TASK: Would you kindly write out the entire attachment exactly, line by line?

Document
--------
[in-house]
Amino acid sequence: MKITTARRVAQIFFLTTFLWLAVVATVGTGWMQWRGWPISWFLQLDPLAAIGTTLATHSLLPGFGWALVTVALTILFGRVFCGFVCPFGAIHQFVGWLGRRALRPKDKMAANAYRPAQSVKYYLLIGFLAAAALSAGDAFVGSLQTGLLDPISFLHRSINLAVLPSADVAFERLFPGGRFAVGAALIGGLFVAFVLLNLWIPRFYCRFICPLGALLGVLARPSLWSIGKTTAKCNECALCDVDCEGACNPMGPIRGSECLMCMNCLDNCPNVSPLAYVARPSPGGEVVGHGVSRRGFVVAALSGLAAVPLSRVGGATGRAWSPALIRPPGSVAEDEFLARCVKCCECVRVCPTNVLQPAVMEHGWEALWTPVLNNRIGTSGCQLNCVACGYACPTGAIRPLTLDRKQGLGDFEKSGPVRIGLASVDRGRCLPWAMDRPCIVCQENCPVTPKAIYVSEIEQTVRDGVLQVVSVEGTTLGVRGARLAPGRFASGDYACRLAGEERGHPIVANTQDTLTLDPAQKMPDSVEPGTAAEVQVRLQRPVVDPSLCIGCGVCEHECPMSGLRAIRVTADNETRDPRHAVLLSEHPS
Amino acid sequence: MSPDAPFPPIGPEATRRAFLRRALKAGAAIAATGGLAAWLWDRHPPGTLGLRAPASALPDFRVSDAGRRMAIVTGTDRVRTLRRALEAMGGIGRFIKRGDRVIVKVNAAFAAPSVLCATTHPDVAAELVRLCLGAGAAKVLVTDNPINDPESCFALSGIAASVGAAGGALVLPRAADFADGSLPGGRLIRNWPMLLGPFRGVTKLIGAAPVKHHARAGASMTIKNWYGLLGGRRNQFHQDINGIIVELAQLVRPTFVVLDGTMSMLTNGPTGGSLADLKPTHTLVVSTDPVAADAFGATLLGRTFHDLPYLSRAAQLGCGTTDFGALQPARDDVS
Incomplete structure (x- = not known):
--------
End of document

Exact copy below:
[in-house]
Amino acid sequence: MKITTARRVAQIFFLTTFLWLAVVATVGTGWMQWRGWPISWFLQLDPLAAIGTTLATHSLLPGFGWALVTVALTILFGRVFCGFVCPFGAIHQFVGWLGRRALRPKDKMAANAYRPAQSVKYYLLIGFLAAAALSAGDAFVGSLQTGLLDPISFLHRSINLAVLPSADVAFERLFPGGRFAVGAALIGGLFVAFVLLNLWIPRFYCRFICPLGALLGVLARPSLWSIGKTTAKCNECALCDVDCEGACNPMGPIRGSECLMCMNCLDNCPNVSPLAYVARPSPGGEVVGHGVSRRGFVVAALSGLAAVPLSRVGGATGRAWSPALIRPPGSVAEDEFLARCVKCCECVRVCPTNVLQPAVMEHGWEALWTPVLNNRIGTSGCQLNCVACGYACPTGAIRPLTLDRKQGLGDFEKSGPVRIGLASVDRGRCLPWAMDRPCIVCQENCPVTPKAIYVSEIEQTVRDGVLQVVSVEGTTLGVRGARLAPGRFASGDYACRLAGEERGHPIVANTQDTLTLDPAQKMPDSVEPGTAAEVQVRLQRPVVDPSLCIGCGVCEHECPMSGLRAIRVTADNETRDPRHAVLLSEHPS
Amino acid sequence: MSPDAPFPPIGPEATRRAFLRRALKAGAAIAATGGLAAWLWDRHPPGTLGLRAPASALPDFRVSDAGRRMAIVTGTDRVRTLRRALEAMGGIGRFIKRGDRVIVKVNAAFAAPSVLCATTHPDVAAELVRLCLGAGAAKVLVTDNPINDPESCFALSGIAASVGAAGGALVLPRAADFADGSLPGGRLIRNWPMLLGPFRGVTKLIGAAPVKHHARAGASMTIKNWYGLLGGRRNQFHQDINGIIVELAQLVRPTFVVLDGTMSMLTNGPTGGSLADLKPTHTLVVSTDPVAADAFGATLLGRTFHDLPYLSRAAQLGCGTTDFGALQPARDDVS
Incomplete structure (x- = not known):